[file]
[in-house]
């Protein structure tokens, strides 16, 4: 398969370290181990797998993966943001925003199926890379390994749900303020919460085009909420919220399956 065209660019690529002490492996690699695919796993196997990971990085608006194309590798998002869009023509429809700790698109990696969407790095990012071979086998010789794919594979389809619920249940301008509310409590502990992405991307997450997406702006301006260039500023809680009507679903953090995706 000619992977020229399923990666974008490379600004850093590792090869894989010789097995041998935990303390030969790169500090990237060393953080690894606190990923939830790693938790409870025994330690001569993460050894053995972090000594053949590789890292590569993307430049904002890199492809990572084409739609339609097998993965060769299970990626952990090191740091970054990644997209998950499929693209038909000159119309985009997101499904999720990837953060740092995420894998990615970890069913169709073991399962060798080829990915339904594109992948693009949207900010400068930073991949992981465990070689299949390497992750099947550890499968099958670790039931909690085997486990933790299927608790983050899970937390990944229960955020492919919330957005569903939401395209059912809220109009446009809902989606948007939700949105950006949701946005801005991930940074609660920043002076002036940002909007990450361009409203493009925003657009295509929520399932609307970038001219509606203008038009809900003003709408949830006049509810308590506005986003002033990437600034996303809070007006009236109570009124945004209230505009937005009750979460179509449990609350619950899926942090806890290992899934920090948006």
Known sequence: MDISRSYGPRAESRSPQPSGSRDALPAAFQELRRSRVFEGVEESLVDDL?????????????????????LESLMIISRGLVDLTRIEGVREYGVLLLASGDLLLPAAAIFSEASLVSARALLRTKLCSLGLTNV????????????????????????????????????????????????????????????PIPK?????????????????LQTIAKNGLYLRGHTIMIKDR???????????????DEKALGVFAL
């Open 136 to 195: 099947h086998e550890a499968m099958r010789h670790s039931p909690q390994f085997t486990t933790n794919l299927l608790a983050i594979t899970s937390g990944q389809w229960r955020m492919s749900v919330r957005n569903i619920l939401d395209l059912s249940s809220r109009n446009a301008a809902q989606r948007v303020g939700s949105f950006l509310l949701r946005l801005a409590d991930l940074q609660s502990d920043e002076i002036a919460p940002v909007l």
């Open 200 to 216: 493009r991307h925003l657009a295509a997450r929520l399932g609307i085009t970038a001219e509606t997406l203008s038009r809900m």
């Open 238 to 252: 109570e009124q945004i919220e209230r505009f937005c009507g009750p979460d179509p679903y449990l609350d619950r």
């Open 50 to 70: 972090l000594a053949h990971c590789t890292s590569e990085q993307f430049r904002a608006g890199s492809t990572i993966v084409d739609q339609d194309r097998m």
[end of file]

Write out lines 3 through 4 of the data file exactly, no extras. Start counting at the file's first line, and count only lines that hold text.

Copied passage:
Known sequence: MDISRSYGPRAESRSPQPSGSRDALPAAFQELRRSRVFEGVEESLVDDL?????????????????????LESLMIISRGLVDLTRIEGVREYGVLLLASGDLLLPAAAIFSEASLVSARALLRTKLCSLGLTNV????????????????????????????????????????????????????????????PIPK?????????????????LQTIAKNGLYLRGHTIMIKDR???????????????DEKALGVFAL
């Open 136 to 195: 099947h086998e550890a499968m099958r010789h670790s039931p909690q390994f085997t486990t933790n794919l299927l608790a983050i594979t899970s937390g990944q389809w229960r955020m492919s749900v919330r957005n569903i619920l939401d395209l059912s249940s809220r109009n446009a301008a809902q989606r948007v303020g939700s949105f950006l509310l949701r946005l801005a409590d991930l940074q609660s502990d920043e002076i002036a919460p940002v909007l």